The hem is so simple, there’s not much to be said about it. Easy peasy, you’ll have it done in no time.
But let’s talk jeans buttonholes. A standard machine buttonhole in topstitching thread is probably not going to be easy through thick denim and isn’t the sturdiest. A keyhole buttonhole is a better option, and works best for shank buttons anyway! Most home machines won’t have a keyhole button option, so we’re going to show you how to do it by hand. Also pretty simple, so don’t be intimidated by it. It’ll take a few goes, but once you’re ready, you’ll be able to sew it up nice and quick.
Ok, let’s just get to it……
Draw your keyhole buttonhole on your jeans using tailor’s chalk or a chalk pencil.
The curved end of the buttonhole should sit about 1/2” from the edge of the waistband, and come to a point towards the belt loop/pocket. How long your keyhole is depended on your button – denim shank buttons can vary in diameter. So measure your button, and make sure your keyhole length is a little longer than that.
Set your machine to a tight zig-zag stitch, similar to a bar tack, and make sure you have topstitching thread in. Starting at the long straight end, stitch towards the curved end. When you reach the curve, I suggest stepping off the foot pedal and going around it by hand. Turn the handwheel a few times, pivot slightly, turn a few more times for a few more stitches, pivot again, and continue doing this until you’re around the curve. Then continue to sew down the keyhole, overlapping at the straight end.
I can’t emphasise this enough – you should be practising this many times before you do it on your jeans! I did a total of 6 practice keyholes before I was satisfied to get the zig-zag length right and to perfect the size and go round the curve.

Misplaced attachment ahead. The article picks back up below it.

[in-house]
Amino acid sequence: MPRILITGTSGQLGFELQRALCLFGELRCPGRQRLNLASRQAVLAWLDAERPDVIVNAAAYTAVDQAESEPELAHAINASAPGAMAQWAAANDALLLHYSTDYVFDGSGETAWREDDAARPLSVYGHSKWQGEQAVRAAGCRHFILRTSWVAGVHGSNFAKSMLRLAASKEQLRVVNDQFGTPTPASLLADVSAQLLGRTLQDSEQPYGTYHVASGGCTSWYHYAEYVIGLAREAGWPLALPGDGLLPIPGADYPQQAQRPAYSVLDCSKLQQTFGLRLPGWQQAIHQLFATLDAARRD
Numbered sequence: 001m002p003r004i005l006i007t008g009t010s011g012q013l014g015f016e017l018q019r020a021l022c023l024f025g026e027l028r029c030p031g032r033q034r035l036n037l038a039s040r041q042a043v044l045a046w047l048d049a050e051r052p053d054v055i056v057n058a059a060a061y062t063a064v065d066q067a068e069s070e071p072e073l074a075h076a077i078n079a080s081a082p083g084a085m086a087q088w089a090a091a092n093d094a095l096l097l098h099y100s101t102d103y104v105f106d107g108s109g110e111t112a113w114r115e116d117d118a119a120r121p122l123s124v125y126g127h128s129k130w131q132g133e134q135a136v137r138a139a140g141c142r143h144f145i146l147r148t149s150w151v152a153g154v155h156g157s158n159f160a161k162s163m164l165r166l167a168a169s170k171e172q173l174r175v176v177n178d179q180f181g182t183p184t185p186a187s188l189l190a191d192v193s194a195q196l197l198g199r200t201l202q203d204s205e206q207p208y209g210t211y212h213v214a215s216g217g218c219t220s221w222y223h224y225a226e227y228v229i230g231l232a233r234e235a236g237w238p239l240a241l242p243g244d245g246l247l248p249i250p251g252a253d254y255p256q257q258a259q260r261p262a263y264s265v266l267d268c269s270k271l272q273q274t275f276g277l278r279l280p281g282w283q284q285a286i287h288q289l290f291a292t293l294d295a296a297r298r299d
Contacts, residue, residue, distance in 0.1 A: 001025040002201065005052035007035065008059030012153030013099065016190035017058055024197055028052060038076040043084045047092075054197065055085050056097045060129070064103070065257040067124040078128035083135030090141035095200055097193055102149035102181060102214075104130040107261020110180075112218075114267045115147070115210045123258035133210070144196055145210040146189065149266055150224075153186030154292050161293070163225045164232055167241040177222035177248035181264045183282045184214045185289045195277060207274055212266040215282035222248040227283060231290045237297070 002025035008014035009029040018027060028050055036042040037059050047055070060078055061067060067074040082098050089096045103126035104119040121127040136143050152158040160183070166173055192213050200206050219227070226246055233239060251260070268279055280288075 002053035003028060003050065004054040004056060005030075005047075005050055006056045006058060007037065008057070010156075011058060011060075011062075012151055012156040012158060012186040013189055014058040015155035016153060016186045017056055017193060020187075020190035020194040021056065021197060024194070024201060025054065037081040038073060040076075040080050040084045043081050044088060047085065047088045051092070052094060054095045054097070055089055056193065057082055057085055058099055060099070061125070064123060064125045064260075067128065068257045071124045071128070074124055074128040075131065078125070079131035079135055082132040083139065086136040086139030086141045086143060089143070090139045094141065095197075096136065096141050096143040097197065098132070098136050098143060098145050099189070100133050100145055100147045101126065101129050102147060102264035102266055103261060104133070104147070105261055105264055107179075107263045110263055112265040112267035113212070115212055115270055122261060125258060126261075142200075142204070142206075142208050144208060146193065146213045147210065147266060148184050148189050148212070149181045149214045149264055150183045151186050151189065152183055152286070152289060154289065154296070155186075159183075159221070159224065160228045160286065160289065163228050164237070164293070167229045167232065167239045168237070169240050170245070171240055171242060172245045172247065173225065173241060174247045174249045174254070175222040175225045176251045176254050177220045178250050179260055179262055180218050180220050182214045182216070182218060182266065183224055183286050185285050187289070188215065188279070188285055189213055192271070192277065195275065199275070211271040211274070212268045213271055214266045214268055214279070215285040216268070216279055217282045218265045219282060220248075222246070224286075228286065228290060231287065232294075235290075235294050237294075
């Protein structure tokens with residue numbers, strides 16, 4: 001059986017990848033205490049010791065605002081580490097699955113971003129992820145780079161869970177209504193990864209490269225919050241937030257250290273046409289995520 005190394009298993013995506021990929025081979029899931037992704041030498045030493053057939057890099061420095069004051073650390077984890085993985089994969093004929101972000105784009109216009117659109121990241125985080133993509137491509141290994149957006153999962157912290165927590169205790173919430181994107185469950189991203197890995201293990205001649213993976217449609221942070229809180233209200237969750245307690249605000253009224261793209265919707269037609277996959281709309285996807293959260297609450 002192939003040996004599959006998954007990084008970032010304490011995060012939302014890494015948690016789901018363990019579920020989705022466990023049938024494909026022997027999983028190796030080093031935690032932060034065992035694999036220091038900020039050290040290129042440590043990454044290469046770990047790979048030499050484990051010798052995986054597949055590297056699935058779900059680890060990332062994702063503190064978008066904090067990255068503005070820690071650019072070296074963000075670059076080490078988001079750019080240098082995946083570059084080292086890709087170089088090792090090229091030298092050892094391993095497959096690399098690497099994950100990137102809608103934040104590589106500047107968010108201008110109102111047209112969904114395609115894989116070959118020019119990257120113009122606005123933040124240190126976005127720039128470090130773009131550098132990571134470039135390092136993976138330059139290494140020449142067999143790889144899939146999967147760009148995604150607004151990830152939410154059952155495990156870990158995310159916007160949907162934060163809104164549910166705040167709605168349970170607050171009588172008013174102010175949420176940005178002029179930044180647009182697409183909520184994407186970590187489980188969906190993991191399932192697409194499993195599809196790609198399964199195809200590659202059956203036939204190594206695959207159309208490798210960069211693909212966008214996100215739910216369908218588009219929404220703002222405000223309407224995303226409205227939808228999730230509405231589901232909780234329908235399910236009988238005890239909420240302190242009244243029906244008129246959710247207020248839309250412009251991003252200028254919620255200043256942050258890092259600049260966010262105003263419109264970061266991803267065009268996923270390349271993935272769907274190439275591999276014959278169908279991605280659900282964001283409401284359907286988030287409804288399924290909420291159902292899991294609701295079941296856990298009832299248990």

When it’s all done, use a buttonhole cutter or seam ripper to open your buttonhole.
Be careful if you’re using a seam ripper though! It can be tricky ripping through multiple layers of thick denim, and you want to be careful not to rip past your stitches.
A jeans hem really isn’t any different than a normal garment hem. Meaning, it’s super simple.
Turn in 1/2” and press.
Then turn in another 1/2”, encasing the raw edge, and press again.
With topstitching thread, stitch just under 1/2” from the edge, making sure you are catching that folded edge on the inside.
LOOKING FOR MORE ASH AND DAWN POSTS?
Here is the full list of Dawn and Ash jeans posts:
- Where to buy jeans making supplies
- How to adjust rise
- How to lengthen or shorten the inseam
- How to sew flat felled seams
- Fly front
- How to sew a button fly
- How to sew an exposed button fly
- Front pockets
- How to finish pocket bags with french seams
- Back pockets, yoke, and back seam
- Inseam and side seams
- Belt loops and waistband
- Buttonhole and hem (this post!)
- How to install rivets and jeans buttons
- How to distress denim
- Tips for embroidering jeans
We absolutely love seeing what you make, so don’t forget to tag your creations with #MNdawn or #MNash and @megannielsenpatterns when sharing on social media, and check out what everyone else is up to!